It can be a real challenge to recognize if a significant other is an abuser. The part of you that loves them does everything it can to find a reason to excuse their behavior. You may even blame yourself for what they are doing to you. It can be difficult to reach out to family and friends when you take responsibility for the situation.
Abusive relationships can come in many forms. They are not limited to a particular gender, orientation or race. The abuse can also look very different from couple to couple. At the heart of the problem, though, is the abuser’s desire for control and power over their victim.
Recognizing abuse with the Duluth Model of Power & Control
Named after the Minnesota city it was created in, the Duluth Model of Power and Control breaks abuse into eight categories. It can be a good starting point for identifying ways abuse may be occurring. Six of these categories are especially important to watch for:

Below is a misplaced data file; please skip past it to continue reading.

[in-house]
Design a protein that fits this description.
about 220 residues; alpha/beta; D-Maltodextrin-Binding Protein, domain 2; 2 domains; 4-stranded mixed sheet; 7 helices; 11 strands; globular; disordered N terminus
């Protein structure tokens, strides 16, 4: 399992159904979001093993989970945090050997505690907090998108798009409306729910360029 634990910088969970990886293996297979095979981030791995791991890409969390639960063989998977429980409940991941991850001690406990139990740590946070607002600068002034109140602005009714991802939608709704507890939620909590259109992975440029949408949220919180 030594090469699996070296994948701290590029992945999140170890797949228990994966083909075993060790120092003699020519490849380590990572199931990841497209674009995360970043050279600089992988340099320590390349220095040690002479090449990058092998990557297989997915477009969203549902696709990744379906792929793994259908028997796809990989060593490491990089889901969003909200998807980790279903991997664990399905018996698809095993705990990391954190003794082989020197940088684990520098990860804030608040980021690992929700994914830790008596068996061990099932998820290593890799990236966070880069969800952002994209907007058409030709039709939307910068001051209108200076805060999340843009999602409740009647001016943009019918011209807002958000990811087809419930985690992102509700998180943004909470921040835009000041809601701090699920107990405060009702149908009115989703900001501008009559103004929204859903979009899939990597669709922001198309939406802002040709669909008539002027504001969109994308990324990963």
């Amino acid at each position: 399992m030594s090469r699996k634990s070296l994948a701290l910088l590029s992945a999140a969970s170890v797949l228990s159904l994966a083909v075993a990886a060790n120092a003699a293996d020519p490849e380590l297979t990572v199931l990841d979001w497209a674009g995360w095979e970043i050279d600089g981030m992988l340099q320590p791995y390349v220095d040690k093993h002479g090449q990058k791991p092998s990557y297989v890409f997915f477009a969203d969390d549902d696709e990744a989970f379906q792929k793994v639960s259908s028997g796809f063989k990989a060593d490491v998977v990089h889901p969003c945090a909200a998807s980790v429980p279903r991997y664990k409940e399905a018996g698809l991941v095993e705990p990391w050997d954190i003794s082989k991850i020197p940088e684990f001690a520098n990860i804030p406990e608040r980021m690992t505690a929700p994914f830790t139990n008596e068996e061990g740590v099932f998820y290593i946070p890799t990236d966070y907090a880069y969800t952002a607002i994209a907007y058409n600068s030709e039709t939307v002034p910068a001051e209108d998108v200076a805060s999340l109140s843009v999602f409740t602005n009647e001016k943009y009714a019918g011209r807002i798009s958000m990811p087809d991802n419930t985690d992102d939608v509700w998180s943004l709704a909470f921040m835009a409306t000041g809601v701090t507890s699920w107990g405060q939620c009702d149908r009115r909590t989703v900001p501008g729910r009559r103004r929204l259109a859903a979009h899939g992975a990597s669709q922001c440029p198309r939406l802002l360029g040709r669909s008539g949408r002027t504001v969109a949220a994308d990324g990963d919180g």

- Economic abuse: Some perpetrators use financial means to restrain their spouse. Without monetary power, they must rely exclusively on their partner for their needs.
- Abuse through threats: The abuser may threaten harm to either their significant other or themselves in order to get a desired result.
- Abuse through intimidation: To gain the upper hand, one partner may intimidate the other. This can include verbal and physical displays.
- Emotional abuse: Sometimes, an abuser may try to twist the victim’s emotions so that they feel sorry for them or even responsible for the situation.
- Abuse through isolation: To exert control over their partner, an abuser may cut them off from friends and family. They also lose emotional support from those they cannot contact anymore.
- Abuse through minimizing, denying and blaming: Perpetrators can inflict harm on a victim by belittling their concerns, denying that there’s an issue or blaming them for anything that happens.
It’s important to think about these behaviors carefully and whether they could apply to your partner. They could be a sign of deliberate abuse. If you think there is a problem, don’t hesitate to seek help.